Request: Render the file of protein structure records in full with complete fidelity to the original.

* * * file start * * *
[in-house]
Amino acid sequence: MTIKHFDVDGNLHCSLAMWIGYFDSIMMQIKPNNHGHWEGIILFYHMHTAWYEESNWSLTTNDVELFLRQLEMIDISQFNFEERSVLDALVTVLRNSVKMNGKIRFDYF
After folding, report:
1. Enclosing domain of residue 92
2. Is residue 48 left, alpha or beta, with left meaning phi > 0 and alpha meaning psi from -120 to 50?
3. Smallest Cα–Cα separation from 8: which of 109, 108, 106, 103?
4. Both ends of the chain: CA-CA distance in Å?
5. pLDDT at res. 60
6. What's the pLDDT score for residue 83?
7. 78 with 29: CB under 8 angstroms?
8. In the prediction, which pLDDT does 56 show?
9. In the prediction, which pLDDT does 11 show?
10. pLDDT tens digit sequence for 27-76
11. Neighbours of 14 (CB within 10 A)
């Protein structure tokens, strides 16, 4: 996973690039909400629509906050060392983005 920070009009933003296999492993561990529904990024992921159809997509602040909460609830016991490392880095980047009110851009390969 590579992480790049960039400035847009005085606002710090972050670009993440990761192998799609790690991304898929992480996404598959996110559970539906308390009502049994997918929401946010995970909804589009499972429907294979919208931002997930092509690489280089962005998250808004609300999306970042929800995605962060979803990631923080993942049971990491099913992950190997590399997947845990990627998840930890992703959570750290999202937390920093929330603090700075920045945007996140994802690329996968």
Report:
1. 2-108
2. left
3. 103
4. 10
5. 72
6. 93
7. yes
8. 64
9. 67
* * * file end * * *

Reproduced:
[in-house]
Amino acid sequence: MTIKHFDVDGNLHCSLAMWIGYFDSIMMQIKPNNHGHWEGIILFYHMHTAWYEESNWSLTTNDVELFLRQLEMIDISQFNFEERSVLDALVTVLRNSVKMNGKIRFDYF
After folding, report:
1. Enclosing domain of residue 92
2. Is residue 48 left, alpha or beta, with left meaning phi > 0 and alpha meaning psi from -120 to 50?
3. Smallest Cα–Cα separation from 8: which of 109, 108, 106, 103?
4. Both ends of the chain: CA-CA distance in Å?
5. pLDDT at res. 60
6. What's the pLDDT score for residue 83?
7. 78 with 29: CB under 8 angstroms?
8. In the prediction, which pLDDT does 56 show?
9. In the prediction, which pLDDT does 11 show?
10. pLDDT tens digit sequence for 27-76
11. Neighbours of 14 (CB within 10 A)
């Protein structure tokens, strides 16, 4: 996973690039909400629509906050060392983005 920070009009933003296999492993561990529904990024992921159809997509602040909460609830016991490392880095980047009110851009390969 590579992480790049960039400035847009005085606002710090972050670009993440990761192998799609790690991304898929992480996404598959996110559970539906308390009502049994997918929401946010995970909804589009499972429907294979919208931002997930092509690489280089962005998250808004609300999306970042929800995605962060979803990631923080993942049971990491099913992950190997590399997947845990990627998840930890992703959570750290999202937390920093929330603090700075920045945007996140994802690329996968």
Report:
1. 2-108
2. left
3. 103
4. 10
5. 72
6. 93
7. yes
8. 64
9. 67